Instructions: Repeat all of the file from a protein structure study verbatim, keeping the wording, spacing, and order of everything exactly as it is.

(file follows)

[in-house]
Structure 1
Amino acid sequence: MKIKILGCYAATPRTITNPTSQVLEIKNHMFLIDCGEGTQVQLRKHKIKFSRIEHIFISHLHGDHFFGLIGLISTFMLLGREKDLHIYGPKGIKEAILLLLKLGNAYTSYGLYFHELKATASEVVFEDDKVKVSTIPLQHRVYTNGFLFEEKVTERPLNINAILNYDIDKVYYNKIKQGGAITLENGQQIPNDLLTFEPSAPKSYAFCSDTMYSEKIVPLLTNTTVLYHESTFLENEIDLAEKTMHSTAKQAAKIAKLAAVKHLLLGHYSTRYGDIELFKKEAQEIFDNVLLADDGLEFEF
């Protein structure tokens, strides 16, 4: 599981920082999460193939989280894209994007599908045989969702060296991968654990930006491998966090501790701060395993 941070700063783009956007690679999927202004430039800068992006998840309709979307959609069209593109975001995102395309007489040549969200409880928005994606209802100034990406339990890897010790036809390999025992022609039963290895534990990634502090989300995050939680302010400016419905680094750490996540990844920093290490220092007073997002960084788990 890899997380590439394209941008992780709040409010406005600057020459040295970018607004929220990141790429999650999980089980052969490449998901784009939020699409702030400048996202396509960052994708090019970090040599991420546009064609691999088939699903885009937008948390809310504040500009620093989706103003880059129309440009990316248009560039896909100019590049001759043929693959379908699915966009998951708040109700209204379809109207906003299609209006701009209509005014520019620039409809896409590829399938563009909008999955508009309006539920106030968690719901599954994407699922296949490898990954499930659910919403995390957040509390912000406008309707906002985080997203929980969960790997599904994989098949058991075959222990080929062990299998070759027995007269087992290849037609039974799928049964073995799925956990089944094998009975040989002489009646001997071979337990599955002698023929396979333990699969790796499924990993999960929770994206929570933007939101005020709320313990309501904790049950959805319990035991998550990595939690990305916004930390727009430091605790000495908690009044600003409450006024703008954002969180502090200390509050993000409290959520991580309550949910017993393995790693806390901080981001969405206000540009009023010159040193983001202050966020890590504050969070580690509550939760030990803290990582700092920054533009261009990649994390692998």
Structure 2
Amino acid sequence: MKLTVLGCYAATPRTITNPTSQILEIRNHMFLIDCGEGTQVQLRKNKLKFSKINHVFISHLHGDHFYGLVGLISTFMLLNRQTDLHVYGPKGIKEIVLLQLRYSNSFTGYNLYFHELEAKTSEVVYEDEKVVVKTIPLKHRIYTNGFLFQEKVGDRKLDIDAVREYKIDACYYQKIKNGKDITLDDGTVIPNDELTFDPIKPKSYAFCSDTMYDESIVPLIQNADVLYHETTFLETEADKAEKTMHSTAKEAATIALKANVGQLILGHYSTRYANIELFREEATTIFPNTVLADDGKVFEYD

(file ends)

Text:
[in-house]
Structure 1
Amino acid sequence: MKIKILGCYAATPRTITNPTSQVLEIKNHMFLIDCGEGTQVQLRKHKIKFSRIEHIFISHLHGDHFFGLIGLISTFMLLGREKDLHIYGPKGIKEAILLLLKLGNAYTSYGLYFHELKATASEVVFEDDKVKVSTIPLQHRVYTNGFLFEEKVTERPLNINAILNYDIDKVYYNKIKQGGAITLENGQQIPNDLLTFEPSAPKSYAFCSDTMYSEKIVPLLTNTTVLYHESTFLENEIDLAEKTMHSTAKQAAKIAKLAAVKHLLLGHYSTRYGDIELFKKEAQEIFDNVLLADDGLEFEF
């Protein structure tokens, strides 16, 4: 599981920082999460193939989280894209994007599908045989969702060296991968654990930006491998966090501790701060395993 941070700063783009956007690679999927202004430039800068992006998840309709979307959609069209593109975001995102395309007489040549969200409880928005994606209802100034990406339990890897010790036809390999025992022609039963290895534990990634502090989300995050939680302010400016419905680094750490996540990844920093290490220092007073997002960084788990 890899997380590439394209941008992780709040409010406005600057020459040295970018607004929220990141790429999650999980089980052969490449998901784009939020699409702030400048996202396509960052994708090019970090040599991420546009064609691999088939699903885009937008948390809310504040500009620093989706103003880059129309440009990316248009560039896909100019590049001759043929693959379908699915966009998951708040109700209204379809109207906003299609209006701009209509005014520019620039409809896409590829399938563009909008999955508009309006539920106030968690719901599954994407699922296949490898990954499930659910919403995390957040509390912000406008309707906002985080997203929980969960790997599904994989098949058991075959222990080929062990299998070759027995007269087992290849037609039974799928049964073995799925956990089944094998009975040989002489009646001997071979337990599955002698023929396979333990699969790796499924990993999960929770994206929570933007939101005020709320313990309501904790049950959805319990035991998550990595939690990305916004930390727009430091605790000495908690009044600003409450006024703008954002969180502090200390509050993000409290959520991580309550949910017993393995790693806390901080981001969405206000540009009023010159040193983001202050966020890590504050969070580690509550939760030990803290990582700092920054533009261009990649994390692998």
Structure 2
Amino acid sequence: MKLTVLGCYAATPRTITNPTSQILEIRNHMFLIDCGEGTQVQLRKNKLKFSKINHVFISHLHGDHFYGLVGLISTFMLLNRQTDLHVYGPKGIKEIVLLQLRYSNSFTGYNLYFHELEAKTSEVVYEDEKVVVKTIPLKHRIYTNGFLFQEKVGDRKLDIDAVREYKIDACYYQKIKNGKDITLDDGTVIPNDELTFDPIKPKSYAFCSDTMYDESIVPLIQNADVLYHETTFLETEADKAEKTMHSTAKEAATIALKANVGQLILGHYSTRYANIELFREEATTIFPNTVLADDGKVFEYD